On top of that, this is 2002 and all the traps are ugly CG. I’ll admit that it kind of fits the look of this movie to have them be kind of shitty looking, but then we see the first legitimate death and it looks fucking horrible. And I don’t say this simply because I’m writing this years after its release; it just looks bad, and I’m sure I would’ve actually hated the FX more if I had seen the film back then. I’ve had the last 10–15 years to slowly warm up to accepting the inevitability of computer FX, and I’m much more lenient now than I used to be. But even putting aside the CG aspects to the traps, the kills themselves aren’t anything notable. Crystalline ice pillars are growing out of one side of the cube, and all you can come up with is that one of them pushes/slices off a character’s head so cleanly that it looks like maybe the FX artist just did a Ctrl+X after selecting his head? I guess it cauterizes too because there’s no blood spray either. Hmm…

Which brings me to another issue: why does almost every “trap” in this cube involve something slowly moving from one side of the cube to the other? Even more distressing: why is this an issue for the characters? Instead of calmly packing up their shit and moving on to the next cube where there isn’t impending death and destruction, they sit around and look at it asking, “What’s that?,” “What’s it doing?,” and “What should we do?” GET THE FUCK OUT OF THE ROOM, DUMBASSES! C’mon! How hard is it to figure that out? In the first film they had to deduce if each room was trapped, first by physical means, and later by mathematical means. Here the room suddenly becomes dangerous and the peril comes from the complete inaction of the characters. WTF.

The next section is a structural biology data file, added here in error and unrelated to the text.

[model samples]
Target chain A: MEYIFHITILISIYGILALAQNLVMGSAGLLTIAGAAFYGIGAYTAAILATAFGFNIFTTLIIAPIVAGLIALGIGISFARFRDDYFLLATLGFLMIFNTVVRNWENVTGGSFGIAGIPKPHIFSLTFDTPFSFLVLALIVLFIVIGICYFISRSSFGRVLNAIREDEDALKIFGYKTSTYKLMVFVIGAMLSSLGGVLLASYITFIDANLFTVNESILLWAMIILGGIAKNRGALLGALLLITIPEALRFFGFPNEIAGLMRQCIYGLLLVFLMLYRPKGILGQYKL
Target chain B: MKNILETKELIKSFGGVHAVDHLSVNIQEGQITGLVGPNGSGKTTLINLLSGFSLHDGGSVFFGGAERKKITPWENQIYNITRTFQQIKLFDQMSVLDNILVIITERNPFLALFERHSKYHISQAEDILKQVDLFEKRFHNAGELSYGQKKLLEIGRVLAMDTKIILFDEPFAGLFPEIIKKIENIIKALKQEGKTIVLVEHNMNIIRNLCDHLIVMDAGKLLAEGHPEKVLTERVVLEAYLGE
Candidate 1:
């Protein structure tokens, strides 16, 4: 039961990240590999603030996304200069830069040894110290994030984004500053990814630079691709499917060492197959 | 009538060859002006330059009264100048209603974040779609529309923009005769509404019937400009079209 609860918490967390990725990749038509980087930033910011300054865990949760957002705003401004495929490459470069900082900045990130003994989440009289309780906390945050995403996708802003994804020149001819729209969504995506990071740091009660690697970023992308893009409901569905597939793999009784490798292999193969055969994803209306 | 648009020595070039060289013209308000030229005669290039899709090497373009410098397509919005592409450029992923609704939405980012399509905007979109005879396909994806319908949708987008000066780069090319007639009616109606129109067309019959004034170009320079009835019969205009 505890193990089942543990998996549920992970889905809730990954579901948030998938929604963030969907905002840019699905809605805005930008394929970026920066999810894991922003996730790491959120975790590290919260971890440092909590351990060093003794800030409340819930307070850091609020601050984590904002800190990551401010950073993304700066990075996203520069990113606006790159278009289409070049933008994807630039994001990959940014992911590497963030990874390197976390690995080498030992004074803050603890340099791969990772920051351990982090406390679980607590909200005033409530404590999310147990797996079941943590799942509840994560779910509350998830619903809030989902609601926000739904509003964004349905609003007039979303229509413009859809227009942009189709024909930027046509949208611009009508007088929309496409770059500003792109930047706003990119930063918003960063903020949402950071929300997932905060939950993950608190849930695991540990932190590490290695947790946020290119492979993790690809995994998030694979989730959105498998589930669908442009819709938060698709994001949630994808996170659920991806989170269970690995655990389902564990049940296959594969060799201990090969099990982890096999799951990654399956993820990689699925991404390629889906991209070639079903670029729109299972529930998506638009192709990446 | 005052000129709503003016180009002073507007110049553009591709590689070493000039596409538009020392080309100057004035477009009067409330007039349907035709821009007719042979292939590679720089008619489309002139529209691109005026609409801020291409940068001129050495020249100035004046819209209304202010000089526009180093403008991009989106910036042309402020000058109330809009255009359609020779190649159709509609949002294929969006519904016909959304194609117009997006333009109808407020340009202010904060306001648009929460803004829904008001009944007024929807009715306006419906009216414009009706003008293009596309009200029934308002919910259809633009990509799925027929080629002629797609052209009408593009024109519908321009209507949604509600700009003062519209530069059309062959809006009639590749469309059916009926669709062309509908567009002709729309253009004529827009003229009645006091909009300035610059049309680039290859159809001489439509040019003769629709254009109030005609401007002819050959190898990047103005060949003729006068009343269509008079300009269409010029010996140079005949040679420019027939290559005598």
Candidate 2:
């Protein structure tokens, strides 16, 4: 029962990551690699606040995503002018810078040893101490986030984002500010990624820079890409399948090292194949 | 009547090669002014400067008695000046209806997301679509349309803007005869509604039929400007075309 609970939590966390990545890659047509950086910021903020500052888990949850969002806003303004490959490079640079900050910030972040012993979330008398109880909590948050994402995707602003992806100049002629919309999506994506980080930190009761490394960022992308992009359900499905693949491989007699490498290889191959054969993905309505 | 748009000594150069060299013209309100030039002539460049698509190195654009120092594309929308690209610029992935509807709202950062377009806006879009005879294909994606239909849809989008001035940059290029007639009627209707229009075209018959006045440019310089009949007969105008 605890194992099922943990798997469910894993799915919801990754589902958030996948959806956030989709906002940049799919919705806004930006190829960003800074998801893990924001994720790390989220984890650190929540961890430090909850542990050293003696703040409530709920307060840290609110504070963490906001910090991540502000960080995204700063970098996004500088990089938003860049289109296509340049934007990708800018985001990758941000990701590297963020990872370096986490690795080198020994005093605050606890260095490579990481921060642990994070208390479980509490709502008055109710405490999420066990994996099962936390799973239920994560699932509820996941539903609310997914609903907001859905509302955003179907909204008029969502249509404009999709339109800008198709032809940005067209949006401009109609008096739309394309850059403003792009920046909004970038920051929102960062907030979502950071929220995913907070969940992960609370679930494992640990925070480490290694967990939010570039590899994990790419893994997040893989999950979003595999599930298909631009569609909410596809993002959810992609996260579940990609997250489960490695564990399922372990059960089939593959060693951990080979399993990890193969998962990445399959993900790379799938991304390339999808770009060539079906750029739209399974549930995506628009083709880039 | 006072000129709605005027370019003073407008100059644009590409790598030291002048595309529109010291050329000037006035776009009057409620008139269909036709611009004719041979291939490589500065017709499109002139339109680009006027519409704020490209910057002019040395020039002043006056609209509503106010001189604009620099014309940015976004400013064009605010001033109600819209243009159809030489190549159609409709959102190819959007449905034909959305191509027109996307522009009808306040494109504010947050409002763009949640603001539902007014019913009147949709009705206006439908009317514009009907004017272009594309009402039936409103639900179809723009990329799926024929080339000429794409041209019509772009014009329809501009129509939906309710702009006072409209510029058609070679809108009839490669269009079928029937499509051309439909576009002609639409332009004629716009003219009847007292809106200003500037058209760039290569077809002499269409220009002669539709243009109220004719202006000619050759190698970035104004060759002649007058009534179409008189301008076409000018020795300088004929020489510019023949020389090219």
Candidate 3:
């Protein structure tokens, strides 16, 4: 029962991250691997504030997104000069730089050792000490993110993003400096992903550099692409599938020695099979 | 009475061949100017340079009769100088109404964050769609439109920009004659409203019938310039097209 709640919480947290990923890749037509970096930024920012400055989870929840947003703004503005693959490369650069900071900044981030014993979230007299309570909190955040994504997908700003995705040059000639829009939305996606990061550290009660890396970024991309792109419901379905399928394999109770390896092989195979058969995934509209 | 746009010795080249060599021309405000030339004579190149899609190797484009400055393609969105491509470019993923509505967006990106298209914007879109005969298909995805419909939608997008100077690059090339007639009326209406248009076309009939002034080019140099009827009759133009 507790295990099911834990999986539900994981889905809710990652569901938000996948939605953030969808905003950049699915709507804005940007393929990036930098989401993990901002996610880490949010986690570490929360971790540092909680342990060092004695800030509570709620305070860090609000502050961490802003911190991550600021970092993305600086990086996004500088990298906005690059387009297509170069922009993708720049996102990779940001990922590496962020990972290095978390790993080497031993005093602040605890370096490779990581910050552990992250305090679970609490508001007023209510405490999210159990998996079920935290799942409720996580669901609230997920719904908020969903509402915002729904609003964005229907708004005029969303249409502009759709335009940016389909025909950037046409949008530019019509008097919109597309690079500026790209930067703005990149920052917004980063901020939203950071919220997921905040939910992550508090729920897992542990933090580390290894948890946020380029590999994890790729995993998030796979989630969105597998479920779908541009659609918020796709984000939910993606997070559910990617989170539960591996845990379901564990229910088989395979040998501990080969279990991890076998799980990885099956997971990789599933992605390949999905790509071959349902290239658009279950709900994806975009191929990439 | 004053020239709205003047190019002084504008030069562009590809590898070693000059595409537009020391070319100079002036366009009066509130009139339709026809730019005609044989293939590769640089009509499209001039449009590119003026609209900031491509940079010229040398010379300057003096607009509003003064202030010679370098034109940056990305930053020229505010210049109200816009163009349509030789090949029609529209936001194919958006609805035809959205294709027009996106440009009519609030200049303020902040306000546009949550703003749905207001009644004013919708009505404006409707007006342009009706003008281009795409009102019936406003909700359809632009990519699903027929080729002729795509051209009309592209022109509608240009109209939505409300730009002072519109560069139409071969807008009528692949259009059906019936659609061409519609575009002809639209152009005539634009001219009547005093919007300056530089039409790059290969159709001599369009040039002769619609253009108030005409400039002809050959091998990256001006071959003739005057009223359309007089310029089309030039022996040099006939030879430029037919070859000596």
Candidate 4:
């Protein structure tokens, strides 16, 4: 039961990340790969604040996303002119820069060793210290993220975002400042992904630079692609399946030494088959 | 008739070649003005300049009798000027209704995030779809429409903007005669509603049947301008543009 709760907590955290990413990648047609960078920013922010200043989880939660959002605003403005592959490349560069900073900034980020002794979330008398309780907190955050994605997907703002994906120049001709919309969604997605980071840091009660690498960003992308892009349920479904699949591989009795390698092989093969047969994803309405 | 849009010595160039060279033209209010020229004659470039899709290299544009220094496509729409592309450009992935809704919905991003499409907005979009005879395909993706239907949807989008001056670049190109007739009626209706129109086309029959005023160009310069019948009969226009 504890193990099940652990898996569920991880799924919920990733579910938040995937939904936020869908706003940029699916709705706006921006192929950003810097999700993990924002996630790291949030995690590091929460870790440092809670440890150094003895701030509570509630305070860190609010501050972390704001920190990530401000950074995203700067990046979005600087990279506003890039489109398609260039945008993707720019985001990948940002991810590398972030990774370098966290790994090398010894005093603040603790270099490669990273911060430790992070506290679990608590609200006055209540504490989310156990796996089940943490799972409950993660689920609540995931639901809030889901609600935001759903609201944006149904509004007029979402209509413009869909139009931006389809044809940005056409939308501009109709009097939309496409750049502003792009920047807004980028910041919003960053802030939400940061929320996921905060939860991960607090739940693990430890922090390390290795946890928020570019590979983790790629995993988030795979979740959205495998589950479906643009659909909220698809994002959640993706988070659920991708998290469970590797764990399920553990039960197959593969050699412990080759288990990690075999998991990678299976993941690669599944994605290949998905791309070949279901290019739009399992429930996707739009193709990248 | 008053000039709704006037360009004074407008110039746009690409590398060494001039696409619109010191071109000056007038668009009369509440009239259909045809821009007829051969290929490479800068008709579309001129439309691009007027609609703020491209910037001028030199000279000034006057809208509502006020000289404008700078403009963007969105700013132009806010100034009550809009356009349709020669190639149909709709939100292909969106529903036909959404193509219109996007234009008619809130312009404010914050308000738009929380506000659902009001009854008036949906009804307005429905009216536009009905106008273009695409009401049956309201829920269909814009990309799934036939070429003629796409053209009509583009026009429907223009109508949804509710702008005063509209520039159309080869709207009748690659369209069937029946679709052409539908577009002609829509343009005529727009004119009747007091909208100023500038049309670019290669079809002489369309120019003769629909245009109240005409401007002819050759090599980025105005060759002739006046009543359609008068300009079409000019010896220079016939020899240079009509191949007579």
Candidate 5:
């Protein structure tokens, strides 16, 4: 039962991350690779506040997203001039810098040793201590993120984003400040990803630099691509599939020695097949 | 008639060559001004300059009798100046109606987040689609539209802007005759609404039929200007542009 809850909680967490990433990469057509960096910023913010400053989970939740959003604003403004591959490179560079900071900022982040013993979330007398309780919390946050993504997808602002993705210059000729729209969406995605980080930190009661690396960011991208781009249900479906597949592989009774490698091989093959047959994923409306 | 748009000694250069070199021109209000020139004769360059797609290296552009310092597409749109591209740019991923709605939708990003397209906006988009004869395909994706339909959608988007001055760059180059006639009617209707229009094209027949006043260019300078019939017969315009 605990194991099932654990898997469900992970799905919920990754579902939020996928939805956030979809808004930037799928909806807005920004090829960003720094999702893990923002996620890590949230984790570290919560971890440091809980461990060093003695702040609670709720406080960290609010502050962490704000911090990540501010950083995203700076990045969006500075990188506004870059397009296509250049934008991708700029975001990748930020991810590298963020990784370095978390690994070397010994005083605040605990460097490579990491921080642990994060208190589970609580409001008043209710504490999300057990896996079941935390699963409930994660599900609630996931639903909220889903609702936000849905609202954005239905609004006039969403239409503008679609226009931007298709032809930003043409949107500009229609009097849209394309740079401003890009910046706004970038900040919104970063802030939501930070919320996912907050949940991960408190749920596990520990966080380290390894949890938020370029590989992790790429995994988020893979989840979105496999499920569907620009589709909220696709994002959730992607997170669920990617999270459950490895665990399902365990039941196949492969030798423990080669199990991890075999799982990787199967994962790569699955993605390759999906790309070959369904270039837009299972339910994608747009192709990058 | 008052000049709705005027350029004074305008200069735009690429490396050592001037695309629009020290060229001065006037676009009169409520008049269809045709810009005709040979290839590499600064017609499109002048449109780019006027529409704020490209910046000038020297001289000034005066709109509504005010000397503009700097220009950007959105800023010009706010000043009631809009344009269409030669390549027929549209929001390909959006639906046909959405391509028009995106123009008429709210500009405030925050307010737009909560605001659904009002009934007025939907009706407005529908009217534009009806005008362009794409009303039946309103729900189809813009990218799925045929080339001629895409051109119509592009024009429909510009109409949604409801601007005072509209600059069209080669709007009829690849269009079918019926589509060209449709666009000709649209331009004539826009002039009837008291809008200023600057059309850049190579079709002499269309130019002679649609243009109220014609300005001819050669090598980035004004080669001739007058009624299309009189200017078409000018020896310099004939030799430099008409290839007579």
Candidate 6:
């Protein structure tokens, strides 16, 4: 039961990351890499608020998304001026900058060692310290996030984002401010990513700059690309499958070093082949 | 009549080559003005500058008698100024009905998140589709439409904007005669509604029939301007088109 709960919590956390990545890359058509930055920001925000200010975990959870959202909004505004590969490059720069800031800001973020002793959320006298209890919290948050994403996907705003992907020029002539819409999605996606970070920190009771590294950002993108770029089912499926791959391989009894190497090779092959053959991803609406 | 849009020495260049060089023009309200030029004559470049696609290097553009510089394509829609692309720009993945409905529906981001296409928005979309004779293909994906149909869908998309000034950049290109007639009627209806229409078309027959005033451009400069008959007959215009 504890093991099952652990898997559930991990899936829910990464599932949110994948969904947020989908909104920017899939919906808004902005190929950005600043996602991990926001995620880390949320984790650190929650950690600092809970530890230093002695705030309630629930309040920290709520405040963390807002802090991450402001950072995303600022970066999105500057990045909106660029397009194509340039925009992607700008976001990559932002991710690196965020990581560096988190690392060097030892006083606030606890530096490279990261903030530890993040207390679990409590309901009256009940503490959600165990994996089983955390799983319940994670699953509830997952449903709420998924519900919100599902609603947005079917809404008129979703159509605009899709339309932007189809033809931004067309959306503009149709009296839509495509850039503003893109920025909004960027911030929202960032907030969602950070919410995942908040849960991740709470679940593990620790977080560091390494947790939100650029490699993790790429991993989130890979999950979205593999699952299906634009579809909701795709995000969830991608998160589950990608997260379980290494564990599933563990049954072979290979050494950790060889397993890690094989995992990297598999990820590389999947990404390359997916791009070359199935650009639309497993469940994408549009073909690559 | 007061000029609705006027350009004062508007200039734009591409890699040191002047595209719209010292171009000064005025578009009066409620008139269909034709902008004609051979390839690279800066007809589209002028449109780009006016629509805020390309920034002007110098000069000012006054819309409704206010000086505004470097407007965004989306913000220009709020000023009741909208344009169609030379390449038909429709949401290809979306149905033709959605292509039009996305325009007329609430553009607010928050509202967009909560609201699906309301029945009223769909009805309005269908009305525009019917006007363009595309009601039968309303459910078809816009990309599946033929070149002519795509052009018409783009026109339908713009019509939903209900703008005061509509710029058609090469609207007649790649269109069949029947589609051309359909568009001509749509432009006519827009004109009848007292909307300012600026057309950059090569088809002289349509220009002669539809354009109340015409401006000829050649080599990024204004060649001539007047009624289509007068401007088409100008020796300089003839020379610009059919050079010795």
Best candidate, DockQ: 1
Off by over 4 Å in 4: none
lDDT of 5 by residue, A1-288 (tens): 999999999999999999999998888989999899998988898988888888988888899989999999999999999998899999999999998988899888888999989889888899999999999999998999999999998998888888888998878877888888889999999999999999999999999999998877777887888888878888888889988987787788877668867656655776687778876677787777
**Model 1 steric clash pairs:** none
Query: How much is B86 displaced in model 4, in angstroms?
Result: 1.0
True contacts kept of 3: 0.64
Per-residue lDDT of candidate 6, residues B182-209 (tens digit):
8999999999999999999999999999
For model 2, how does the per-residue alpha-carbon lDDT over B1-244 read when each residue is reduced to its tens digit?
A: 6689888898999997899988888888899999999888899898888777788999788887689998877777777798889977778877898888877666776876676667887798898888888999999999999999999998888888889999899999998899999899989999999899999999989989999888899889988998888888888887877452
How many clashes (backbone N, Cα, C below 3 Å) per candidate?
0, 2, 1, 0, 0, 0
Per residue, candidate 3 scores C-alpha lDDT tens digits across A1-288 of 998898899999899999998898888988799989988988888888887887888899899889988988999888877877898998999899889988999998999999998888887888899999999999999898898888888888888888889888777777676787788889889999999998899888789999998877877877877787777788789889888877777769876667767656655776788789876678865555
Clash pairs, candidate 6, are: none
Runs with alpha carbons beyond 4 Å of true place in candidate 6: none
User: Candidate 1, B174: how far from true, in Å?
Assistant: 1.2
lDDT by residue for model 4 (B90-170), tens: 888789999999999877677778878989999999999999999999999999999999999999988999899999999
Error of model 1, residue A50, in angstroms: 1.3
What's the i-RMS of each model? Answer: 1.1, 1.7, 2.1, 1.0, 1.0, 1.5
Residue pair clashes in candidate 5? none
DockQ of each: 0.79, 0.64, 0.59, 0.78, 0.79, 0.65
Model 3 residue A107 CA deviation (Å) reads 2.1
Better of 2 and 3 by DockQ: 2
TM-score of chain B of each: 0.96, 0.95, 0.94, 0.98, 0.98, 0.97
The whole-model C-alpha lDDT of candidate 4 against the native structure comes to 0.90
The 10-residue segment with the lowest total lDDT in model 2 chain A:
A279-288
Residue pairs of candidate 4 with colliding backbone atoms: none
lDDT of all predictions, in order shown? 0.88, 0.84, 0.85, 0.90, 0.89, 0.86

Also, and this one goes out to any budding screenwriters, there’s only so many times you can use the “Y’know what, I worked on this cube” reveal. While some of this is intriguing and allows your understanding of the project to grow, most of it is lazy writing meant to give a character information that they’d never be able to figure out on their own. And it happens probably four or five times here. Obviously, this isn’t a story-heavy movie, but a little imagination would be nice.

If that’s not enough for you, the camerawork is ugly and always about a foot closer to whatever its filming than I’d like it to be. Director Andrzej Sekula also seems infatuated with shooting things with the camera at a complete 90 degree tilt, so everything is horizontal when it should be vertical. There’s a reason you don’t see this very often in movies, and the reason is that it’s ugly. There’s also some split-screen used without purpose (other than to be flashy). Ugh. Just ugh.

Cube 2: Hypercube is a huge step down from the pretty good original in every imaginable way. Some of the ideas themselves are good, but their execution leaves a lot to be desired. I do have to give them credit for not simply remaking the first film, though, and this does feel like time has passed and the people behind the scenes have developed “Cube 2.0” in the in-between years. The final 10–15 minutes are much stronger than the rest of the film, but it ends on a bleak, underwhelming note. I don’t recommend it, but you might like it better than me if your tolerance for certain aspects of it are higher.

Suddenly I understand why the third and final film in the Cube series is a prequel. Hopefully they bring back some of that industrial charm of the original cube.

Cube 2: Hypercube was a Reader’s Choice selection from Rodney of Fernby Films.